Asparagine metabolism and nitrogen distribution during protein degradation in sugar-starved maize root tips

Planta. 1992 Oct;188(3):384-95. doi: 10.1007/BF00192806.

Abstract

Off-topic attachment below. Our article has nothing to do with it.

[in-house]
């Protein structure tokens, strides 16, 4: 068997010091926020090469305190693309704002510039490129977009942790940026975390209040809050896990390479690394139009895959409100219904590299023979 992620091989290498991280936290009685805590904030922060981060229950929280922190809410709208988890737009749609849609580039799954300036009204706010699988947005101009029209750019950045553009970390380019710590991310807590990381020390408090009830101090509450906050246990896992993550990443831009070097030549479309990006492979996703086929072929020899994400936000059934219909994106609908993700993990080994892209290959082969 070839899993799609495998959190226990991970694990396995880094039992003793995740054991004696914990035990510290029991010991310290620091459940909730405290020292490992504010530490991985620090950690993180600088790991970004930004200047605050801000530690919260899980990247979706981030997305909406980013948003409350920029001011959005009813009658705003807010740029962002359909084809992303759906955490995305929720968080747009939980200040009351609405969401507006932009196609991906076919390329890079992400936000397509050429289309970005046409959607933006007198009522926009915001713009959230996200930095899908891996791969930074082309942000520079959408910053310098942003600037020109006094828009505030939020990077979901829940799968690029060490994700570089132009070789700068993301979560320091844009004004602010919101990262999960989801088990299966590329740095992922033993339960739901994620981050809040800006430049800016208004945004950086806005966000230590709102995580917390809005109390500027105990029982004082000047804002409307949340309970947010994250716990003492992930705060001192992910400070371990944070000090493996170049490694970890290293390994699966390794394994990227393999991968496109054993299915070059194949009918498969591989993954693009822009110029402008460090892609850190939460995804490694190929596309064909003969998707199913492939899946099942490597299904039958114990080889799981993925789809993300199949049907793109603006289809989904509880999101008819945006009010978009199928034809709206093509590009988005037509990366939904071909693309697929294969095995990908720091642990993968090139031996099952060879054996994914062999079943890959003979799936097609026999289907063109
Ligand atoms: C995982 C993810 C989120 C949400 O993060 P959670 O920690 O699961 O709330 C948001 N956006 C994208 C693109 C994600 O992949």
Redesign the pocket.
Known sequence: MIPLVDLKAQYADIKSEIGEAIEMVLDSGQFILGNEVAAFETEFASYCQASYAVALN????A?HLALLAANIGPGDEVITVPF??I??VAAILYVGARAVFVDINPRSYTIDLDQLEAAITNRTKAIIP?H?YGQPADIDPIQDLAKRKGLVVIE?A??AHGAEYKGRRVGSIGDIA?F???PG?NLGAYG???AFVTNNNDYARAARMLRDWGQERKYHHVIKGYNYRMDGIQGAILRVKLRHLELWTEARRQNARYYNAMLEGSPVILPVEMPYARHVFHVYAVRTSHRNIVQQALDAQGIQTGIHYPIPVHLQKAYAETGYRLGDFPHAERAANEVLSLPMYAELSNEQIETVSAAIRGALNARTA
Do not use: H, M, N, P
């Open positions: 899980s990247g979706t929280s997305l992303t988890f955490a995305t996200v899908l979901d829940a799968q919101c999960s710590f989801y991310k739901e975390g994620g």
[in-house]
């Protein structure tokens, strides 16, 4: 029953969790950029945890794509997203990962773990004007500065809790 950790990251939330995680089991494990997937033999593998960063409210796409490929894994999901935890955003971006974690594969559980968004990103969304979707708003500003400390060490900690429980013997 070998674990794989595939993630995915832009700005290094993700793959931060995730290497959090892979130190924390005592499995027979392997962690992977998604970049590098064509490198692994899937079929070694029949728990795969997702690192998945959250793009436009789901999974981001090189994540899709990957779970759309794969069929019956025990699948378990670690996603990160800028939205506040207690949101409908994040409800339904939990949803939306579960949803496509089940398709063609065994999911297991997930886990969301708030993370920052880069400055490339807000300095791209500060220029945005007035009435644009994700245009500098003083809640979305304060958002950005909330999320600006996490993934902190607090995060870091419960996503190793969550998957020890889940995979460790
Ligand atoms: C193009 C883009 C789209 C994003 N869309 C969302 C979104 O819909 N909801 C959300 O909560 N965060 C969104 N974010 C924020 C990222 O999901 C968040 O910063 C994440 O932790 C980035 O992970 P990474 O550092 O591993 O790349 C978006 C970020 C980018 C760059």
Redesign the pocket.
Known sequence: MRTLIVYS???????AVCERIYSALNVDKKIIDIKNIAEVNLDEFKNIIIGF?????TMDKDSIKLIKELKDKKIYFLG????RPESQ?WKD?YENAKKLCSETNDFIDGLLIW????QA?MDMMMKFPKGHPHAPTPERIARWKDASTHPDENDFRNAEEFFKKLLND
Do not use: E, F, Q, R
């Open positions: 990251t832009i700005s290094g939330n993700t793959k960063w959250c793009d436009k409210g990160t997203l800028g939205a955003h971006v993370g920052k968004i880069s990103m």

Excised maize (Zea mays L.) root tips were used to monitor the effects of prolonged glucose starvation on nitrogen metabolism. Following root-tip excision, sugar content was rapidly exhausted, and protein content declined to 40 and 8% of its initial value after 96 and 192 h, respectively. During starvation the contents of free amino acids changed. Amino acids that belonged to the same "synthetic family" showed a similar pattern of changes, indicating that their content, during starvation, is controlled mainly at the level of their common biosynthetic steps. Asparagine, which is a good marker of protein and amino-acid degradation under stress conditions, accumulated considerably until 45 h of starvation and accounted for 50% of the nitrogen released by protein degradation at that time. After 45 h of starvation, nitrogen ceased to be stored in asparagine and was excreted from the cell, first as ammonia until 90-100 h and then, when starvation had become irreversible, as amino acids and aminated compounds. The study of asparagine metabolism and nitrogen-assimilation pathways throughout starvation showed that: (i) asparagine synthesis occurred via asparagine synthetase (EC 6.3.1.1) rather than asparagine aminotransferase (EC 2.6.1.14) or the β-cyanoalanine pathway, and asparagine degradation occurred via asparaginase (EC 3.5.1.1); and (ii) the enzymic activities related to nitrogen reduction and assimilation and amino-acid synthesis decreased continuously, whereas glutamate dehydrogenase (EC 1.4.1.2-4) activities increased during the reversible period of starvation. Considered together, metabolite analysis and enzymic-activity measurements showed that starvation may be divided into three phases: (i) the acclimation phase (0 to 30-35 h) in which the root tips adapt to transient sugar deprivation and partly store the nitrogen released by protein degradation, (ii) the survival phase (30-35 to 90-100 h) in which the root tips expel the nitrogen released by protein degradation and starvation may be reversed by sugar addition and (iii) the cell-disorganization phase (beyond 100 h) in which all metabolites and enzymic activities decrease and the root tips die.